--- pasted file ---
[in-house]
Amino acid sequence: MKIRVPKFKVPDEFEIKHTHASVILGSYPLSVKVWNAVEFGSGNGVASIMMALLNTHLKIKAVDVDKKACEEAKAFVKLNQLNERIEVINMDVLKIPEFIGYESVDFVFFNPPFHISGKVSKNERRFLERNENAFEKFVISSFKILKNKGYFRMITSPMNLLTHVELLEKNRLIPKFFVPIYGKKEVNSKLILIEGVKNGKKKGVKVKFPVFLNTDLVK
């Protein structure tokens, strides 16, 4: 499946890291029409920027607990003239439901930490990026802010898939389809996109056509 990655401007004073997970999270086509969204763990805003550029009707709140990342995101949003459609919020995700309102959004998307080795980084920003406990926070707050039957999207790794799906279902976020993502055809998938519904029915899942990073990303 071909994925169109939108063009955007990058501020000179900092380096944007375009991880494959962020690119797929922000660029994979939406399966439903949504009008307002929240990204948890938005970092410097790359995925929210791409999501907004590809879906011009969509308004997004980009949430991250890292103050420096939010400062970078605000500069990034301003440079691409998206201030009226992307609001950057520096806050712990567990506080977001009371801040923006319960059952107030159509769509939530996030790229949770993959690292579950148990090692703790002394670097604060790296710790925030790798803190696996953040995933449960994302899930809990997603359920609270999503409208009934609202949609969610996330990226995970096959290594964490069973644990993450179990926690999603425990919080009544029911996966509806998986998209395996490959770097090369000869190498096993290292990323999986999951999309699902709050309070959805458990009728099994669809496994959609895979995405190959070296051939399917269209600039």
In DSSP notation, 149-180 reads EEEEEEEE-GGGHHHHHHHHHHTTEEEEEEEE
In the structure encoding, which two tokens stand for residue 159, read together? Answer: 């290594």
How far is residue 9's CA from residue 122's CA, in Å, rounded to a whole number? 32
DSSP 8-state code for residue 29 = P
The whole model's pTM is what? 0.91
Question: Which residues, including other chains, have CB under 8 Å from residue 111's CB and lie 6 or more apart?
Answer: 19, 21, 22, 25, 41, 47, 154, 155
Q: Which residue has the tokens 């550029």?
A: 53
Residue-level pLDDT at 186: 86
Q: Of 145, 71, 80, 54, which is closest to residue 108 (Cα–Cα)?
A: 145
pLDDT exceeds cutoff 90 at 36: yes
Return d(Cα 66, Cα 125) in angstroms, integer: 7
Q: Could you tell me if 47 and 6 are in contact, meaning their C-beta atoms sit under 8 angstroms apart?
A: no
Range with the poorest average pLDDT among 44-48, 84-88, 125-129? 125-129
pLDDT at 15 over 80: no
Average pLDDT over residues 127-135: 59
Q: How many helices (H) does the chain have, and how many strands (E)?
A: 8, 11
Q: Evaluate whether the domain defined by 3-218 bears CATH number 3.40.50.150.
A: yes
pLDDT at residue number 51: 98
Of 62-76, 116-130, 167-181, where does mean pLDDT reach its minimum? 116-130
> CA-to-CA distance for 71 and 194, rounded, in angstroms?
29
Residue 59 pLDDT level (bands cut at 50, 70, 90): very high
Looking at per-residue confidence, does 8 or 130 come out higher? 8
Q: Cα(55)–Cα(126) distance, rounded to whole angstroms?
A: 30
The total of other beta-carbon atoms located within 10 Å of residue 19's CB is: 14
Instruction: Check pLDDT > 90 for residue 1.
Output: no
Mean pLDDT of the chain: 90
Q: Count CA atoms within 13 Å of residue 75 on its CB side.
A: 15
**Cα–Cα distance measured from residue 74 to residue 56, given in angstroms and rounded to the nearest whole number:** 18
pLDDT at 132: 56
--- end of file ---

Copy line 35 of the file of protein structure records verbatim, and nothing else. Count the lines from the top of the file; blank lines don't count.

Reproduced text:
The total of other beta-carbon atoms located within 10 Å of residue 19's CB is: 14